The wildfire season has barely started.
We’ve had unprecedented record-breaking heat.
A provincial campfire ban is in place until October.
City parks are closed.
The town of Lytton, B.C. Has been 90% lost to fire.
The Kamloops Fire Chief says that “We are at risk here and are asking everyone in Kamloops to take extreme care. We haven’t seen conditions like this in Kamloops ever before. I want citizens to know that the fire conditions are beyond dangerous.”
We remember the smoky-filled slides and high anxiety of 2017 and 2018, the worst wildfire seasons in our province’s history.
So, Gerry and I take a few hours and put an evacuation plan into place. We gather important papers and set aside an area in our basement for “go bins” that we can grab at a moments notice. As we walk through the house, I’m surprised at how few things we deem as irreplaceable. The realization speaks loudly. We make a list of last minute things to grab like medications, dog leashes, and other paraphernalia and tape it to one of the bins.
Later that night, we’re in bed. I’ve already put my book down but Gerry’s still reading when the doorbell rings. It wakes me up and, as Gerry returns to the bedroom, I mumble “who was that?”
”It was Mike,” he says tersely. “There’s a fire.”
I’m awake and out of bed in an instant and we go to the bedroom window as see a fire raging below us.
We’re thinking about leaving when there’s pounding on the door. The doorbell repeatedly rings. It’s the RCMP. They’re going door to door telling everyone to get out.
We’re relatively calm as we execute our hours-old evacuation plan, gathering last-minute things, and loading the cars. I post a request for prayer, field text messages and phone calls from family, and make a quick phone call: “There’s a fire. We’re being evacuated. Can we come?”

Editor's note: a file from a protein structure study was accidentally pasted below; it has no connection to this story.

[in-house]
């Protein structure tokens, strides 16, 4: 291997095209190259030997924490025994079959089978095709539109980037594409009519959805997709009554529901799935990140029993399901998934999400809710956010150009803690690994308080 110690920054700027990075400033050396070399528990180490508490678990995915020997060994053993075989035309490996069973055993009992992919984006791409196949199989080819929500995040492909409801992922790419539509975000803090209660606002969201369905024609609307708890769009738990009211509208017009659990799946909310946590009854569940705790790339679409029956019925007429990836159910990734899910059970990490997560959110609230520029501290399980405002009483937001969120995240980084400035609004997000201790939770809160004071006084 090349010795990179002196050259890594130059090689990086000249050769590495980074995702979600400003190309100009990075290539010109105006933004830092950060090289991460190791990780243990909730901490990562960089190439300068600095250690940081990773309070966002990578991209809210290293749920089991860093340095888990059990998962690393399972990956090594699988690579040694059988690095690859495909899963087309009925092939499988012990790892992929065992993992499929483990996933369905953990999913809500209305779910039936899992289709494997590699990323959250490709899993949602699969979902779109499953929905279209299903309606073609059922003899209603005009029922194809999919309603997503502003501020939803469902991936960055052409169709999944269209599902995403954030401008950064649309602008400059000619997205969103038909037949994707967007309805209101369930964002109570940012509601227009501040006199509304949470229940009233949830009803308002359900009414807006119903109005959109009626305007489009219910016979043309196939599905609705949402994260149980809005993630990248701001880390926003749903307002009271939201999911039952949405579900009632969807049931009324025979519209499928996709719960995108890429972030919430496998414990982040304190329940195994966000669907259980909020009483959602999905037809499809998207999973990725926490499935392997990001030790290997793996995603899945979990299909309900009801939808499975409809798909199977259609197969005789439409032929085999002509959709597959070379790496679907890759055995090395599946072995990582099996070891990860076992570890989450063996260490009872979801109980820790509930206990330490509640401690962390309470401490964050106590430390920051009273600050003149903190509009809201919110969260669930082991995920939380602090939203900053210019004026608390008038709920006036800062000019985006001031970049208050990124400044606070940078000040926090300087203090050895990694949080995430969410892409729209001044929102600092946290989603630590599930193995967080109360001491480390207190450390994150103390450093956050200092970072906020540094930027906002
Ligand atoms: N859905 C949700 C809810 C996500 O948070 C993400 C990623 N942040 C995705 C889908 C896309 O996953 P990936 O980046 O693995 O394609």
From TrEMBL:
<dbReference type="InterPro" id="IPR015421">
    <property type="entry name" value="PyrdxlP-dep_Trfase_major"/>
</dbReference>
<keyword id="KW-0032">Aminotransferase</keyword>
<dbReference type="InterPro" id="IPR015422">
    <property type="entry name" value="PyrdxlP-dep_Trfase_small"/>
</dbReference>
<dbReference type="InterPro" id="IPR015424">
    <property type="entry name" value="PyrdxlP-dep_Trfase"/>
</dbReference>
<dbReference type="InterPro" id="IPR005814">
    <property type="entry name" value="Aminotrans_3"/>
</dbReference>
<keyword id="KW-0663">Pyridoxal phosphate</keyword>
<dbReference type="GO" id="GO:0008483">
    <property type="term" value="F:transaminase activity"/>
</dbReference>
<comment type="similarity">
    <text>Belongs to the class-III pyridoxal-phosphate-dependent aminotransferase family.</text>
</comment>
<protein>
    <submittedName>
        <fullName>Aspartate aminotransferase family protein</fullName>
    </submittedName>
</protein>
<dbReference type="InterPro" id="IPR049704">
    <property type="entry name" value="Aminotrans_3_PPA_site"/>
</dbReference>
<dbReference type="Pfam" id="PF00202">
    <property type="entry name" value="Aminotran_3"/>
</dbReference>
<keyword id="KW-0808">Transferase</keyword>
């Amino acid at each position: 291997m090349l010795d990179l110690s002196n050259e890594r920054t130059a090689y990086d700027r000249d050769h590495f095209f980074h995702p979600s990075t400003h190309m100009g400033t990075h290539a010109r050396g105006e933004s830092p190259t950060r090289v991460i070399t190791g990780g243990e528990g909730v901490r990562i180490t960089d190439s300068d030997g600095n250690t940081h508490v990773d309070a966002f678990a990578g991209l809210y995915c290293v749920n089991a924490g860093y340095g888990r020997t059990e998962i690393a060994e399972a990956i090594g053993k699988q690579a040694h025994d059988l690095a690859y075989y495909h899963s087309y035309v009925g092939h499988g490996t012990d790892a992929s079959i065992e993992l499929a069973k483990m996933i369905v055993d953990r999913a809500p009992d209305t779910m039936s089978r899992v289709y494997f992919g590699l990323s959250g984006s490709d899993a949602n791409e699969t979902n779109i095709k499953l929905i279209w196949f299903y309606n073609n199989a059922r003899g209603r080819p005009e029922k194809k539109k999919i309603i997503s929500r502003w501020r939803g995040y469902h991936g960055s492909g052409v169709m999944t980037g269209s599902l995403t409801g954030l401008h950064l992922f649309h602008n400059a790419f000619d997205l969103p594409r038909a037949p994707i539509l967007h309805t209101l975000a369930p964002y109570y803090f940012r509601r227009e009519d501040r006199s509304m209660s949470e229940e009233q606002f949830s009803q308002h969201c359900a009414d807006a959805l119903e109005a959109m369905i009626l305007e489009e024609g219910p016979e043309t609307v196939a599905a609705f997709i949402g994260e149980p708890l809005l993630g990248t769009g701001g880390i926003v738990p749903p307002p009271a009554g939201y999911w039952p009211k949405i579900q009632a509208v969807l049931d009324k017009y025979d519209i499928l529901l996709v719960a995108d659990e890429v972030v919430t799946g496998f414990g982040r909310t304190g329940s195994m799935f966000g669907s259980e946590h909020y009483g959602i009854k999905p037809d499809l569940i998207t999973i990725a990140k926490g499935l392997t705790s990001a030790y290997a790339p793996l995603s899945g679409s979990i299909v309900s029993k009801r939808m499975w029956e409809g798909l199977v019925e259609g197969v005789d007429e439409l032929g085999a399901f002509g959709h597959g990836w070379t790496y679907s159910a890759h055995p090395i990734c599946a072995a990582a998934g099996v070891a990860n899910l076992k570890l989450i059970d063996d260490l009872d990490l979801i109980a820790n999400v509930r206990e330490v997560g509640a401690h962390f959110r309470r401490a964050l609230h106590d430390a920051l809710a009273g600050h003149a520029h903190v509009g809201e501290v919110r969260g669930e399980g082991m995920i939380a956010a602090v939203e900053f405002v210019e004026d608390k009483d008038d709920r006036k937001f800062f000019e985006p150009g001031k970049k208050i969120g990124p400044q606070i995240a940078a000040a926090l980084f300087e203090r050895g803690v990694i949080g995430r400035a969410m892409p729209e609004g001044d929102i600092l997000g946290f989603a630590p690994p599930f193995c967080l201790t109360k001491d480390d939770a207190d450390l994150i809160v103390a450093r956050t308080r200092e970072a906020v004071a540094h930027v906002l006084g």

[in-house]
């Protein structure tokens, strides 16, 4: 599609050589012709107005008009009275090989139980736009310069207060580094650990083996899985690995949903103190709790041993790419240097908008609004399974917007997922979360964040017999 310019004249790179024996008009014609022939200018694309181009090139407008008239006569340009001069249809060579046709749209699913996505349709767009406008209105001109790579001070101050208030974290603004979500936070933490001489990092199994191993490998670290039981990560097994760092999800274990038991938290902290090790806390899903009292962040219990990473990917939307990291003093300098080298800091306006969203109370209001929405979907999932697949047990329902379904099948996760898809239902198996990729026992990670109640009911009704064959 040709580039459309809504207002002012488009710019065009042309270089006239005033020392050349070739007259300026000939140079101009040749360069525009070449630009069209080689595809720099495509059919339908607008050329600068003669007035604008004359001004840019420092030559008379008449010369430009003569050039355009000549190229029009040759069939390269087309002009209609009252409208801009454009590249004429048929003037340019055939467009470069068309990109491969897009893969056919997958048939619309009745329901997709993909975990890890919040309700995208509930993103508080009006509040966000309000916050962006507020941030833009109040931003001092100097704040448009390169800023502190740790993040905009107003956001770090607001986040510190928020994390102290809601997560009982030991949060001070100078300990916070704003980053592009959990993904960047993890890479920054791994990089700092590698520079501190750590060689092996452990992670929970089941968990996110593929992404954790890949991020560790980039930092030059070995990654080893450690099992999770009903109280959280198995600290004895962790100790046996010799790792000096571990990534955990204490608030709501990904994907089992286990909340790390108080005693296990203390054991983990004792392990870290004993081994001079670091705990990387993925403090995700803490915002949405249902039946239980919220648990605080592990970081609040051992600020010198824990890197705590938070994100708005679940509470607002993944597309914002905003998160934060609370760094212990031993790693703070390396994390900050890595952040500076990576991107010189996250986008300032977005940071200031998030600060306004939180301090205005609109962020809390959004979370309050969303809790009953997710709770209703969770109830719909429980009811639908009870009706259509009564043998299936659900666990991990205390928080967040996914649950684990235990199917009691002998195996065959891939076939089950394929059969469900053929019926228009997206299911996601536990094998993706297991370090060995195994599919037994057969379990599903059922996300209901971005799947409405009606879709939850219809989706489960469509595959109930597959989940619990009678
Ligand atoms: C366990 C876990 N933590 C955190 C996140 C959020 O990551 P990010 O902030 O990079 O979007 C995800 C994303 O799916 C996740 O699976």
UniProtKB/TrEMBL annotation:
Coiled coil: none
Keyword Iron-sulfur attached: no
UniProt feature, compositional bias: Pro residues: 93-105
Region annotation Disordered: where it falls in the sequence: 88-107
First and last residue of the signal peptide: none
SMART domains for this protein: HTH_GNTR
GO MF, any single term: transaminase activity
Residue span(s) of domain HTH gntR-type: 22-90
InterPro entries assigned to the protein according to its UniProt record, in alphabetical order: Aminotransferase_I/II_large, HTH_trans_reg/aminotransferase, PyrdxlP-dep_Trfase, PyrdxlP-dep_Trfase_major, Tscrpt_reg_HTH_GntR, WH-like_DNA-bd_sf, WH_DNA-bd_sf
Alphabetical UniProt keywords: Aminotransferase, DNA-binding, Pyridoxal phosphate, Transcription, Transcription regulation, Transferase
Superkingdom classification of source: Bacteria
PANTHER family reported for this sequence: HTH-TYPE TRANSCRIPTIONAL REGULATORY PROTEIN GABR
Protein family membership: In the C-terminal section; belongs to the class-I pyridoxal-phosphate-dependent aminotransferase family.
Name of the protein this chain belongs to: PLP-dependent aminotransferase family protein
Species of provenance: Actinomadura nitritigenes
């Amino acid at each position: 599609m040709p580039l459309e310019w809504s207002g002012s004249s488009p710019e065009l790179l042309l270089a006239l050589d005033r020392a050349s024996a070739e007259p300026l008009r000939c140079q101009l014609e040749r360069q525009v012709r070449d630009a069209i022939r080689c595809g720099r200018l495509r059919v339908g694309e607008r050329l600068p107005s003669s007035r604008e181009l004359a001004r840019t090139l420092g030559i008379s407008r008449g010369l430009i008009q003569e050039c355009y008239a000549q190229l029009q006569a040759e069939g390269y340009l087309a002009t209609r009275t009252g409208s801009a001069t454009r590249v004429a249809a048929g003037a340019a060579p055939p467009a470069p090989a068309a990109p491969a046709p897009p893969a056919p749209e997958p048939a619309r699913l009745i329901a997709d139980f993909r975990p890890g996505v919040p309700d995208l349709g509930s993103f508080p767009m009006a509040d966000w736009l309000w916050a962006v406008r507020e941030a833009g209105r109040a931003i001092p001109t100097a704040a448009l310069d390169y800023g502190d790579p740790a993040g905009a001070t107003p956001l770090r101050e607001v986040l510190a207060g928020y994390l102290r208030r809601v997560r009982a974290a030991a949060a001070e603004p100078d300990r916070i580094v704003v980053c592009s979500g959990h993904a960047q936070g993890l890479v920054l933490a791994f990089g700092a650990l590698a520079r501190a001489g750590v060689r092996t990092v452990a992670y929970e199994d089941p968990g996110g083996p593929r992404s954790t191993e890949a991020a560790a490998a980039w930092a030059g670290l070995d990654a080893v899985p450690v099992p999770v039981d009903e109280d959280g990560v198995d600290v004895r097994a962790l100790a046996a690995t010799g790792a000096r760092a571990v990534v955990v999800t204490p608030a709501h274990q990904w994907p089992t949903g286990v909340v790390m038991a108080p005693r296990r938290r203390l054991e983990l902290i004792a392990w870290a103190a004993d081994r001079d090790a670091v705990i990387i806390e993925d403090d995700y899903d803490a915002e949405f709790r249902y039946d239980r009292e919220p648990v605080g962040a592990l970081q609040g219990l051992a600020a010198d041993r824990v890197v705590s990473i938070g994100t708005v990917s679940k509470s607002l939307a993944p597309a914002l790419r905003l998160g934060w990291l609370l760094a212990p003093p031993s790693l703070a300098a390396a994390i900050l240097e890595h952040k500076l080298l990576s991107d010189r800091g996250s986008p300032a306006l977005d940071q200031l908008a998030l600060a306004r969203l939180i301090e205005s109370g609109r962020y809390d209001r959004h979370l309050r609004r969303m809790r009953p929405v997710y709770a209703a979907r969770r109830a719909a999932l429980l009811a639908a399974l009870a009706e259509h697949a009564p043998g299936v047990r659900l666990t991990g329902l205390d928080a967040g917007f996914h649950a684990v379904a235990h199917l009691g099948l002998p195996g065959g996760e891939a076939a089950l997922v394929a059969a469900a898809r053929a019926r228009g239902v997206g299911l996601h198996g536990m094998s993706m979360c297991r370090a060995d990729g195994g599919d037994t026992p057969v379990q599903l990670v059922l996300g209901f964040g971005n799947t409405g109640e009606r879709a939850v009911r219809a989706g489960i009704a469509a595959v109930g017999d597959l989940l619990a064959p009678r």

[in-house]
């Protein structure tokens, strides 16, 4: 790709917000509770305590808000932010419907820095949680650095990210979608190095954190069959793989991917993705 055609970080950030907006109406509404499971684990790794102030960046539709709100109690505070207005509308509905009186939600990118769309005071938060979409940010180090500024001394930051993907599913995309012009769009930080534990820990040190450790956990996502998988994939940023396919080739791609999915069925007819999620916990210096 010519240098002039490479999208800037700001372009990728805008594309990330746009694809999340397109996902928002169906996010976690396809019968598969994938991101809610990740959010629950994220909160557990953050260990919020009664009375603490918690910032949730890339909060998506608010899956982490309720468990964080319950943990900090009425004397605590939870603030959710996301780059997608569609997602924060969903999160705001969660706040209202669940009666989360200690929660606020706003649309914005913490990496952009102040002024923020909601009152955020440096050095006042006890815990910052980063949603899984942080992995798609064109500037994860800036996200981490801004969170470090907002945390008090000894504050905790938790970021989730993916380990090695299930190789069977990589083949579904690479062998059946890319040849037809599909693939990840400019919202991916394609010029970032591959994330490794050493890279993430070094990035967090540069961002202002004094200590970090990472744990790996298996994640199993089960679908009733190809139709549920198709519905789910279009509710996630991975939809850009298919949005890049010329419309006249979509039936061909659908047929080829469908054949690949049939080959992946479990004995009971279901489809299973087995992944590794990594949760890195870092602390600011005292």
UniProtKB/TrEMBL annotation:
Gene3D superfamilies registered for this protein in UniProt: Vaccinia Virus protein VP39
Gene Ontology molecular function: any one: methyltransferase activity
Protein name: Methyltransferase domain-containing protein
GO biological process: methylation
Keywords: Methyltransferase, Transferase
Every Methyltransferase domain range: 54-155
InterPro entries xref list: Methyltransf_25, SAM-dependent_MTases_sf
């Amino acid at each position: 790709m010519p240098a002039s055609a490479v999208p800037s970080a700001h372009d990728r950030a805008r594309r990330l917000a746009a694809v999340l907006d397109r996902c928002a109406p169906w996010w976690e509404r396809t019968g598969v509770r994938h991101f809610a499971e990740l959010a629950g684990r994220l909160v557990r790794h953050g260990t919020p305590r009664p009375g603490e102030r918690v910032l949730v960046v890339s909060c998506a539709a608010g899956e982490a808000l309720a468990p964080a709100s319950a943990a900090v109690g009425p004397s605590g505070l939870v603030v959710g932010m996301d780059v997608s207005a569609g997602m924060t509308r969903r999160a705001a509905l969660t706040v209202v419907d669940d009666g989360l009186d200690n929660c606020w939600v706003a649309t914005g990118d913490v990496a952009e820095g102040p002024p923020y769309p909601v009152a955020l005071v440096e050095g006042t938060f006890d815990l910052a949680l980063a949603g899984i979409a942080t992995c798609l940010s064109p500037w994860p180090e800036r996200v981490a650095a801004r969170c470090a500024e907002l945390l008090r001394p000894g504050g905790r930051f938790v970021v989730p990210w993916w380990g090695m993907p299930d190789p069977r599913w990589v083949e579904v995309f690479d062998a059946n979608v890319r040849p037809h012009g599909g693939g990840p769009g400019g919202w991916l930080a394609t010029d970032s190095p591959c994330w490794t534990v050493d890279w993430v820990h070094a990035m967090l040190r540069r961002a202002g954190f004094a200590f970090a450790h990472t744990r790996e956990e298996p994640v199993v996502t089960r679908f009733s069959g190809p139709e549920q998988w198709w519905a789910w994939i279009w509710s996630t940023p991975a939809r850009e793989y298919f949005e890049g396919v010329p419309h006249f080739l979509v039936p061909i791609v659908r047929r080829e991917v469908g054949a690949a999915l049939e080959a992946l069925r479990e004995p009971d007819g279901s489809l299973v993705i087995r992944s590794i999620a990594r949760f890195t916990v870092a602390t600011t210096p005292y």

We join the long line of cars heading for the one road out of our community. The going is slow but steady. Later, we’ll hear reports of it taking over an hour for some people to get out. It’s an issue that will need to be addressed but for now we just keep going. It’s surreal.
It’s storming. Heavy rain (a very good thing), booming thunder, and, worst of all, lightening. That’s what started this fire and others in the city.
Some time later, once we’re safely at a friend’s home, still a bit shell-shocked and riding an adrenaline high, the news reports that the evacuation order has been rescinded. We’re relieved and in slight disbelief, but a double check of the city website confirms it, so we reload the cars and head home.
We don’t unload, but grab only immediate necessities and head, tired and grateful, back into the house. We stand on our deck in the wind and the rain watching the fire still burn, surprised they rescinded the order but trusting they know what they’re doing. Eventually, Gerry opens the blinds in the bedroom and we crawl into bed. He can see the fire from his side.
Time takes on a strange property in times like this and I’m not sure how long it is before there’s pounding at the door and the incessant ringing of the doorbell again. It’s the RCMP again. The evacuation order is back on. We’re confused, because the flames have died down from our vantage point but, again, we trust those who know what they’re doing, reload the car, and head out.
The rest of the night passes in a blur. It’s about 2 am when we finally fall into bed, exhausted.
Firefighters battle the fire for the whole of the following day aided by helicopters and water bombers. The skies remain smoky. We are tired, beyond grateful, and on edge knowing we’re heading into what promises to be a very, very scary season.